Thursday, 27 December 2012

Tribute to portrait colossus, Chukwuogo-Roy


When Chinwe Chukwuogo-Roy (M.B.E) passed on early this week, a great portraitist of international repute was lost.
Sources said she died in her U.K-base after battling cancer over the last three years. 

Chinwe… Brushing Kings and Lords 
BY TAJUDEEN SOWOLE

(First published, January 8-14, 2006)

WHAT does it really take to get the Kings and Lords sit before a painter?

United Kingdom-based Chinwe Chukwuogo-Roy, a native of Awka, Eastern Nigeria, Chinwe gives an insight into her approach when working on a portrait at that level of commission: "It is not something to be undertaken lightly and a successful commission will involve time and effort on both sides, as well as establishing a good personal rapport." She has a way of putting her subjects at ease adding that she likes to chat whilst working so that she can study and record how a face animates and changes during conversation, for instance. 
  
Chinwe Chukwuogo-Roy (Self-portrait) 
The commissioning process begins with a meeting between artist and a sitter (the subject),  (or artist, sitter and commissioning committee), to determine what type of portrait is required, she states. 
  

"The next stage is the first sitting. A pastel study may be completed in one sitting, whereas a full length oil portrait will involve several sittings, sometimes involving the artist in making drawings, working on preparatory studies in oils and pastels and sometimes taking photographs to be used as a source of reference for the final work."
  But the approach is a bit more challenging when it comes to group portrait, she explains. Chukwuogo-Roy recommends making individual studies of each sitter before gathering the group together as a whole.              

She is a leading portraitist and one of the Nigerian artists in the Diaspora who are making strong impact across the world. has exhibited widely and her works are represented in public and private collections in America, France, Grenada, Holland, Kenya, Malaysia, Mozambique, Nigeria, South Africa, Spain, Swaziland, U.A.E. and the U.K.
 Chukwuogo-Roy has made name in painting portraits of leaders across the world, the list of which include portrait of Her Majesty, The Queen of England and Head of The Commonwealth. 

Some of the high profile portrait commissions in her credit include that of President Chief Olusegun Obasanjo, President of Norwich City Football Club, Mr Geoffrey Watling; Chief Emeka Anyaoku, Secretary-General of The Commonwealth; Lord Mayor of Norwich, Cllr Derek Wood; Kriss Akabusi, athlete and TV personality, for whom she also undertook a series of large paintings on the theme of the African Diaspora. She was also commissioned by Martin Keown to paint Arsenal’s Highbury Stadium. 
 Chukwuogo-Roy 's portraits vary widely. These range from formal boardroom and academic portraits, to private commission such as family.
  She uses a range of media, but prefers to paint in oils on canvas or drawing in pastels on coloured paper.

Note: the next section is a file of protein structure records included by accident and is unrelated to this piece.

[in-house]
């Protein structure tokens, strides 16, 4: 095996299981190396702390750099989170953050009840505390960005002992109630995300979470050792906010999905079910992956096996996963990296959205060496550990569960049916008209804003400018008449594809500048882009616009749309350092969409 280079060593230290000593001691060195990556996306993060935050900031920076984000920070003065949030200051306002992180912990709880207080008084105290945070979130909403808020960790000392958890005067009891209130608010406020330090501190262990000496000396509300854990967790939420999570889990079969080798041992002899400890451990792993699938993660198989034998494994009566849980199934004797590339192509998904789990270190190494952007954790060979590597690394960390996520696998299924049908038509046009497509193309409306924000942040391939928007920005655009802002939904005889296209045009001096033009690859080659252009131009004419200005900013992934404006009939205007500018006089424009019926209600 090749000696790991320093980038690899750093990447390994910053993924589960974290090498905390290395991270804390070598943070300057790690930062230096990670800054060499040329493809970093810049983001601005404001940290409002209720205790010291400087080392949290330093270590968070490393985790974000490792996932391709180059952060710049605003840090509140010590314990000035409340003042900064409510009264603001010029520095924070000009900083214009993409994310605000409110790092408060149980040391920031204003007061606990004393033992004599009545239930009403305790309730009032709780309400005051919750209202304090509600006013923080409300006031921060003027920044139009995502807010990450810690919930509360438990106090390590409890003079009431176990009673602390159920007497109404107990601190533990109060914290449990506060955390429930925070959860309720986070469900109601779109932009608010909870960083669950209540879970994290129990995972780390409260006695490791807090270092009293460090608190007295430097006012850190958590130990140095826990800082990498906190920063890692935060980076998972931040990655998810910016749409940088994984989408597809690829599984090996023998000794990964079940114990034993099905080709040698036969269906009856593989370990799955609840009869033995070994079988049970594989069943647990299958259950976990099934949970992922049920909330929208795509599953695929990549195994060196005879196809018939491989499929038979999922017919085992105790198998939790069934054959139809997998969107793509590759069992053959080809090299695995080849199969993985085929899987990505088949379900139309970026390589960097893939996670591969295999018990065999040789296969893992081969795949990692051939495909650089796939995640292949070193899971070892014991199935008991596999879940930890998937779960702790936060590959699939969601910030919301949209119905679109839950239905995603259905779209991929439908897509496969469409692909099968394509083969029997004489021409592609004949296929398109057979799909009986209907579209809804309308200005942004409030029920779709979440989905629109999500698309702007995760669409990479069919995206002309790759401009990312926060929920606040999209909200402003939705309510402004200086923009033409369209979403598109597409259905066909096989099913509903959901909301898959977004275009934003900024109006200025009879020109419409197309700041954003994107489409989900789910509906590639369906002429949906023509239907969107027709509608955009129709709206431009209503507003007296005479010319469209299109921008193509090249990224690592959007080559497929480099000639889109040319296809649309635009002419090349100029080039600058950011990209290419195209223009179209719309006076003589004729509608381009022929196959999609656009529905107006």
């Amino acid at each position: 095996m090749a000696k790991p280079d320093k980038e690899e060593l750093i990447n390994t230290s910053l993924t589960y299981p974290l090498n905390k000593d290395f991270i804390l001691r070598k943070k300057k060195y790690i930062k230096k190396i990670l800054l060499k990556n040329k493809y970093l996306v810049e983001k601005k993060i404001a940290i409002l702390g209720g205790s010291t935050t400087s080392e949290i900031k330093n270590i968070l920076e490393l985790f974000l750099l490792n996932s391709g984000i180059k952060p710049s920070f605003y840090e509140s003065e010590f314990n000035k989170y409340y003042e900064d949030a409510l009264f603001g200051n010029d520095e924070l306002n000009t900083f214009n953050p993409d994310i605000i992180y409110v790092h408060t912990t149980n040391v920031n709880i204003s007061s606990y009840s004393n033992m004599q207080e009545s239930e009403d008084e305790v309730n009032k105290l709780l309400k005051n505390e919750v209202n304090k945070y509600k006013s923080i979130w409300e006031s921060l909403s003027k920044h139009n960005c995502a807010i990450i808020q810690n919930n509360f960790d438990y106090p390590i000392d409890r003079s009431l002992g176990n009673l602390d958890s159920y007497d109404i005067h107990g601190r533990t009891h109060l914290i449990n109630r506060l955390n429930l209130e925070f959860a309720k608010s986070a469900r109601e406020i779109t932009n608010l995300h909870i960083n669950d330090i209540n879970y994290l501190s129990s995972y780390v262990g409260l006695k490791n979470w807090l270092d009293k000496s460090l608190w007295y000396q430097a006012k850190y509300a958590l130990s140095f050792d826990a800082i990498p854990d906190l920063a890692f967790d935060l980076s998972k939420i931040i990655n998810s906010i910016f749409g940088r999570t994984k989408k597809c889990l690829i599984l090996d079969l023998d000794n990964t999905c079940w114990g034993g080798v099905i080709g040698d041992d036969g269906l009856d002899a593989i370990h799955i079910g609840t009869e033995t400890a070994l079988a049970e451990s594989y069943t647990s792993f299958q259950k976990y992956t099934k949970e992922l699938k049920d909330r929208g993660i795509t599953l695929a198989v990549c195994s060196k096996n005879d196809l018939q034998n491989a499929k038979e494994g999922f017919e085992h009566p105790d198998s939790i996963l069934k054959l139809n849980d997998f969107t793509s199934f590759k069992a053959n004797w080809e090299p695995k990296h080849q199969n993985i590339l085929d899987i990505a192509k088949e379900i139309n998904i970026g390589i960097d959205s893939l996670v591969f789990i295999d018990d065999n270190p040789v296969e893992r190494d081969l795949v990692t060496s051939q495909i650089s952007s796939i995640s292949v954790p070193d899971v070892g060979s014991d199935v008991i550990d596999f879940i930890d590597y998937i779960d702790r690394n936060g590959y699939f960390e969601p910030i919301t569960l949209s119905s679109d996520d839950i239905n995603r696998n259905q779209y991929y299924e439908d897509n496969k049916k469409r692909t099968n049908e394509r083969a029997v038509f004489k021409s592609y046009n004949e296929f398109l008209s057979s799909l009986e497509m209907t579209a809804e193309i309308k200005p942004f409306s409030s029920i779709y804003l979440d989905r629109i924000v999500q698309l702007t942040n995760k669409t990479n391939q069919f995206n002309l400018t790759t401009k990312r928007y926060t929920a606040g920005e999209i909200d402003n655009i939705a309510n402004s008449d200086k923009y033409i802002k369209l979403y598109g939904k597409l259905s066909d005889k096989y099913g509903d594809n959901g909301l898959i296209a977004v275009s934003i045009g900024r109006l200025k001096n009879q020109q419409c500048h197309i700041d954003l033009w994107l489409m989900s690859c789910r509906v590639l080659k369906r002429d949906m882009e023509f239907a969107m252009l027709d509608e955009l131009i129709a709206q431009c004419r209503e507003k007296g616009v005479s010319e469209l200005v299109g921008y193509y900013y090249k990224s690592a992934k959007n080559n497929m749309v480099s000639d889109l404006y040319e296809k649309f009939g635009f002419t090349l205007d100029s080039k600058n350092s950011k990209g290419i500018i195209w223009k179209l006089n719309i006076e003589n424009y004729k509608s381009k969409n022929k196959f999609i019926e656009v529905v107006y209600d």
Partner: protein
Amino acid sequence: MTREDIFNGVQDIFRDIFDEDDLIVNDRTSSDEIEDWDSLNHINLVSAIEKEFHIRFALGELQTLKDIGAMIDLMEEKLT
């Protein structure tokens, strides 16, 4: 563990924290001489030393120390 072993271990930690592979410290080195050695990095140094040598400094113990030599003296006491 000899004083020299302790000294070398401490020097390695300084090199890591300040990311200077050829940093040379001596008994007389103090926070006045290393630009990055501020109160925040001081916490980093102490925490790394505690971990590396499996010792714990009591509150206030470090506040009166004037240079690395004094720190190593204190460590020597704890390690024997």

A recent biography of the painter, published by Tamarind, is now part of the National Curriculum by children in the UK.

In 2003, Chinwe addressed the European Council Committee in Paris on Contemporary African Art and Artists. Later that year, she was awarded an Honorary Doctorate of Letters by the University of East Anglia. 
 Chukwuogo-Roy was born in Awka, Anambra State, Nigeria and moved to the UK in 1975. She took up painting as a profession in 1988 and is now based in Suffolk. Much of her work is in oils, etchings, monotypes and pastels. Her subjects range from portraiture, still life and landscape, to pictures, which capture the traditions and cultures of the African continent. 
  

Her recent work culminated in two exceptionally successful events in the last 2 years: the Celebrate art exhibition specially organised in December 2003 for the Queen's visit for the Commonwealth Heads of Government Meeting (CHOGOM) in Abuja for which she painted a portrait of Chief Obasanjo. Along over 60 pieces of her works, Chinwe displayed the works of six other Nigerian artists. She also started a major educational programme to encourage art in Nigerian schools.
  

In September 2003, the artist was awarded an Honorary Doctorate of Letters by the University of East Anglia. 
  few of her exhibition include a major solo exhibition at Didi Museum, 2000 Lagos; solo exhibition at Trinity College, Cambridge University, Cambridge 2004;   Seeing in Colours, a major exhibition of new works at The Gallery in Cork Street, London, UK,
2005.   

In 1975, she left Nigeria to study in the UK and in 1988 began professional career as a painter.

1 comment:

  1. One of the truly great and most innovative artists of the past 50 years. Sadly, it is perhaps only now that the full extent of her talent is appreciated. She was a great credit to both Nigeria and Britain, to people of Colour and to Women. I am honoured to have known her.

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